Rumour has it that Tobias Moers arrived at the UK headquarters of Aston Martin as its new boss and the first thing he did was say he wanted to unlock the real potential of the new Vantage. Okay it might not have been the first thing, but it was one of the first things he did, probably.
But the man who oversaw the Mercedes-AMG GT wanted the Vantage to be more, and what better way to do that than to tie it in with Aston's new role in Formula One? The F1 Edition is not the same as the new F1 safety car, but it is based on it, sort of. Whatever it is or isn't based on, the fact is that this is not a limited-edition model, it is the new flagship of the Vantage range.
In the Metal:
We were already impressed with the new Vantage. We expected it to continue the lineage of being more GT than proper sports car. We were wrong. Not only did it have more sports car character than ever, more attitude and less restraint, for the first time we could genuinely justify comparing it to the benchmark Porsche 911.
The F1 Edition takes the sporty theme much further. The exterior features a specially developed aerodynamic body kit, which contributes to an additional 200kg of downforce over the regular Vantage at the maximum speed of 314km/h. It includes a full width splitter below the front bumper, front dive planes and a large rear wing that completes the race-car-for-the-road look.
There are also a number of unique colour schemes, including the official Aston Martin Racing Green with a contrasting stripe designed to mimic that of Aston’s Formula 1 car.
The stripe is present inside too, where it adorns the racy but comfortable sports seats clad in black leather and grey Alcantara. That stripe can be yellow, lime green, black, grey or red, all of which can also be used in the stitching. Alcantara is used to clad the steering wheel, which further adds to that feeling of being in a car that is keen to get to the track.
It's all reasonably spacious for a sports car, with easy-to-use switchgear, decent visibility and the kind of comfort levels that you'd expect from an Aston.
It's a Vantage dialled up a level, not least of all when it comes to the drive.
Moers said he wanted the F1 Edition to appeal to the most discerning drivers. It had be more powerful, more agile, more immediate and more exciting to drive, in his words "a true athlete."
In order to ascertain whether the engineers fulfilled the brief, we jumped into the driver's seat and headed through the British countryside to Silverstone race track, where we were told the Stowe Circuit was all ours for as long as we needed it - nice.
First up, though, a chance to experience the GT side of the Vantage, which is still very much there. The driving position is good, the paddles easy to reach and visibility reasonable for a sports car. The suspension might have been tweaked more for sporty driving, but it trundles along nicely without making too much noise and we could easily imagine using it to go to a swanky evening do. So yes, you probably could drive from Dublin to the French Riviera and not feel as though you need to undergo joint correction.
Unless you're purely after bragging rights then what you really want to know is how it handled on the track. Let's get this out of the way straight away - it's not quite as precise as the 911. Nothing really is. You don't feel as one with the car, but there is a three-way conversation between you, the car and the road, all having their say, all egging you on or telling you to rein it in.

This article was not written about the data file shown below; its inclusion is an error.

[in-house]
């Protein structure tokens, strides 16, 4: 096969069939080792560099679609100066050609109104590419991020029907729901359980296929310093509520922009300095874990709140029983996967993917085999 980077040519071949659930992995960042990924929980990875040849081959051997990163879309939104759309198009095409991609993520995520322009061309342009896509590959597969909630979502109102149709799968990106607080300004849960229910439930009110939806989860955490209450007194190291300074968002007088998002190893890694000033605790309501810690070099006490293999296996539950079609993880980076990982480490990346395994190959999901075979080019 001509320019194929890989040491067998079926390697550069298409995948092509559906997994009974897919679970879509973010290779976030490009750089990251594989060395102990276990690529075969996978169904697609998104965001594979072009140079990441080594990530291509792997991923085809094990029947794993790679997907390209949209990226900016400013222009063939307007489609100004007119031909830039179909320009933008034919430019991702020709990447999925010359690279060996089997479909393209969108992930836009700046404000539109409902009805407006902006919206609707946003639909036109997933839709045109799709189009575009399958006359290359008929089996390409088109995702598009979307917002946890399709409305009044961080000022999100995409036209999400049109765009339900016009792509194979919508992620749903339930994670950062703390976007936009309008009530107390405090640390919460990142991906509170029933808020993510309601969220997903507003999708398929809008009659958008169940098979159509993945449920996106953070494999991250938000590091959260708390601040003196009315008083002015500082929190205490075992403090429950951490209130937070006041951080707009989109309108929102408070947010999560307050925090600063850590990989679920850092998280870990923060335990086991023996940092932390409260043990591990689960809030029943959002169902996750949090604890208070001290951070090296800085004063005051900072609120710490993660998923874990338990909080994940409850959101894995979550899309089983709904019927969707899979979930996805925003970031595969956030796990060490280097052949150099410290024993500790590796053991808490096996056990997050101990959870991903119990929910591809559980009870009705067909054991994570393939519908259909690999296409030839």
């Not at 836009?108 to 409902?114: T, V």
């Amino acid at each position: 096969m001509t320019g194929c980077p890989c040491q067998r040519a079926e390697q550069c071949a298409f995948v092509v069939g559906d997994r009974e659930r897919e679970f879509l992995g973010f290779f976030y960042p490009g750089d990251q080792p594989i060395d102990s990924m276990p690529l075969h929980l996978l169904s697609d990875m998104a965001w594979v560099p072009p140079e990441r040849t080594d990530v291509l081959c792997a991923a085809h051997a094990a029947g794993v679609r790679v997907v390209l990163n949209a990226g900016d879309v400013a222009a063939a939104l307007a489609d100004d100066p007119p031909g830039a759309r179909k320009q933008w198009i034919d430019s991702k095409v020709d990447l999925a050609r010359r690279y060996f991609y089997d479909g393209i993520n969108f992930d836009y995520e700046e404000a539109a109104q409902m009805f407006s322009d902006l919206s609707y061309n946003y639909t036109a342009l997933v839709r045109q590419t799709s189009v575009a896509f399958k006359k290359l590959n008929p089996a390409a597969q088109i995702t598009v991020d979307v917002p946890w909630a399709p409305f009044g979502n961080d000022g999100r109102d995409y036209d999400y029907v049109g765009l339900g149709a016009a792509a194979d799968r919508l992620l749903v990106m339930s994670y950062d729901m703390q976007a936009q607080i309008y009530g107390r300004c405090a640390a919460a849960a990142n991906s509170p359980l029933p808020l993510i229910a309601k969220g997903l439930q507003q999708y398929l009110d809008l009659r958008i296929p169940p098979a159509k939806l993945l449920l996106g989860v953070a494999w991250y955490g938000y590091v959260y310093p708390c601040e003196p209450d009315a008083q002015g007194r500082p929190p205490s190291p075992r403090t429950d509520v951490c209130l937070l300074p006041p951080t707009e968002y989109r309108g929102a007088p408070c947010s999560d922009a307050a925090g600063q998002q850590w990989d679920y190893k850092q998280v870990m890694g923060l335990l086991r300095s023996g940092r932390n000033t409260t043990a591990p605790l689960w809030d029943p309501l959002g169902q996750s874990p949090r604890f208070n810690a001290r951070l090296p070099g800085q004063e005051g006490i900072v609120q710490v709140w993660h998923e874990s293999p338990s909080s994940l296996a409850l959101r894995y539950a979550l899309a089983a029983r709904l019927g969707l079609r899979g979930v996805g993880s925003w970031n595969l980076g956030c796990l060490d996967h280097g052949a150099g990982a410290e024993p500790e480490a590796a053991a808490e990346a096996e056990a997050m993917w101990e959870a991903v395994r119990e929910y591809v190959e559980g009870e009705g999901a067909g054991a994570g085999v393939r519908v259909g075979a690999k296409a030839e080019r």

Stowe sits inside the main Silverstone track and is quite technical, but with plenty of wide corners to explore the limits. It was my first time on the track, so a few laps were needed to get used to it before unleashing the Vantage's inner demon.
The steering feedback is excellent, the gearbox response fast and precise and, unless you really want to feel involved, it's all best left in auto. There are plenty of settings to play with though, through Sport, Sport+ and Track, although, like the regular Vantage, you annoyingly have to go through them all to get back to Normal.
There's a fantastic soundtrack - not as loud as the AMG GT or as composed as the 911, but a great balance between the two, and certainly more dramatic than the regular Vantage. Grip levels are superb too, thanks to bespoke Pirelli tyres. Moers was adamant he didn't want super-sticky racing tyres, so they're a compromise between road and track, but they work well, eventually releasing their grip slightly as the rear slides elegantly out of a corner.
We regularly hear promises of a car you can drive on the road to the track, have fun and then drive home again. Those promises sometimes prove to be slightly untrue, but not so in the case of the Vantage F1, as it delivers on everything it promises and does so with style.
What you get for your Money:
You get a flagship Aston Martin Vantage F1 Edition, that's what you get for your money. What more do you want? Navigation or infotainment? Actually, you do get all that, although it's not the best infotainment system around. You also get lots of leather and Alcantara upholstery, carbon fibre exterior details, F1 Edition badges and graphics, quad exhausts, special satin-black diamond-turned 21-inch wheels and a really big wing that dominates your rear-view mirrors.
Tobias Moers wanted the engineers to unlock the true potential of the Vantage and they have done that remarkably well. So well in fact that you have to wonder why they didn't do that in the first place and make this not the F1 Edition, but the Vantage. Of course, not everyone will want the big wing, need 200kg of extra downforce or desire the slightly sportier interior. The regular Vantage is a great sports car, but for drivers, the F1 Edition is just a bit more exceptional.